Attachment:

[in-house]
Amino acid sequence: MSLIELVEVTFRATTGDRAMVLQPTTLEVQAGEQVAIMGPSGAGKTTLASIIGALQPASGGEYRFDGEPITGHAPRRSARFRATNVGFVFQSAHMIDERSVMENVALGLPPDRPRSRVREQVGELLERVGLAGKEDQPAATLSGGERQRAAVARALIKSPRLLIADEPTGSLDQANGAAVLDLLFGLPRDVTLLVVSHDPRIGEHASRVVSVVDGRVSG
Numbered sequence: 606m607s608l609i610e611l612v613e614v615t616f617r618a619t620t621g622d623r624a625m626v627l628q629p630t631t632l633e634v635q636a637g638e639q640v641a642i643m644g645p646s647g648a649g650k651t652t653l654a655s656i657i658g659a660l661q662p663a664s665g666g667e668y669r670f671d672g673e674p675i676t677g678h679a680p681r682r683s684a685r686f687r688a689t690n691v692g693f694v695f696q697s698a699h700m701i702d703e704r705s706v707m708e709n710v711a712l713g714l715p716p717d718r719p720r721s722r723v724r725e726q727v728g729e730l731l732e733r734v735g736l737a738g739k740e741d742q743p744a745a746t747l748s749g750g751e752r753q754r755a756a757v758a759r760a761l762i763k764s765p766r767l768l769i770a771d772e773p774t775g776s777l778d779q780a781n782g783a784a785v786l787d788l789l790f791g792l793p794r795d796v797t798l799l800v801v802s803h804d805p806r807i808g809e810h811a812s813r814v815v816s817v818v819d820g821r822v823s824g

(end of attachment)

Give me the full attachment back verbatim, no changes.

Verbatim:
[in-house]
Amino acid sequence: MSLIELVEVTFRATTGDRAMVLQPTTLEVQAGEQVAIMGPSGAGKTTLASIIGALQPASGGEYRFDGEPITGHAPRRSARFRATNVGFVFQSAHMIDERSVMENVALGLPPDRPRSRVREQVGELLERVGLAGKEDQPAATLSGGERQRAAVARALIKSPRLLIADEPTGSLDQANGAAVLDLLFGLPRDVTLLVVSHDPRIGEHASRVVSVVDGRVSG
Numbered sequence: 606m607s608l609i610e611l612v613e614v615t616f617r618a619t620t621g622d623r624a625m626v627l628q629p630t631t632l633e634v635q636a637g638e639q640v641a642i643m644g645p646s647g648a649g650k651t652t653l654a655s656i657i658g659a660l661q662p663a664s665g666g667e668y669r670f671d672g673e674p675i676t677g678h679a680p681r682r683s684a685r686f687r688a689t690n691v692g693f694v695f696q697s698a699h700m701i702d703e704r705s706v707m708e709n710v711a712l713g714l715p716p717d718r719p720r721s722r723v724r725e726q727v728g729e730l731l732e733r734v735g736l737a738g739k740e741d742q743p744a745a746t747l748s749g750g751e752r753q754r755a756a757v758a759r760a761l762i763k764s765p766r767l768l769i770a771d772e773p774t775g776s777l778d779q780a781n782g783a784a785v786l787d788l789l790f791g792l793p794r795d796v797t798l799l800v801v802s803h804d805p806r807i808g809e810h811a812s813r814v815v816s817v818v819d820g821r822v823s824g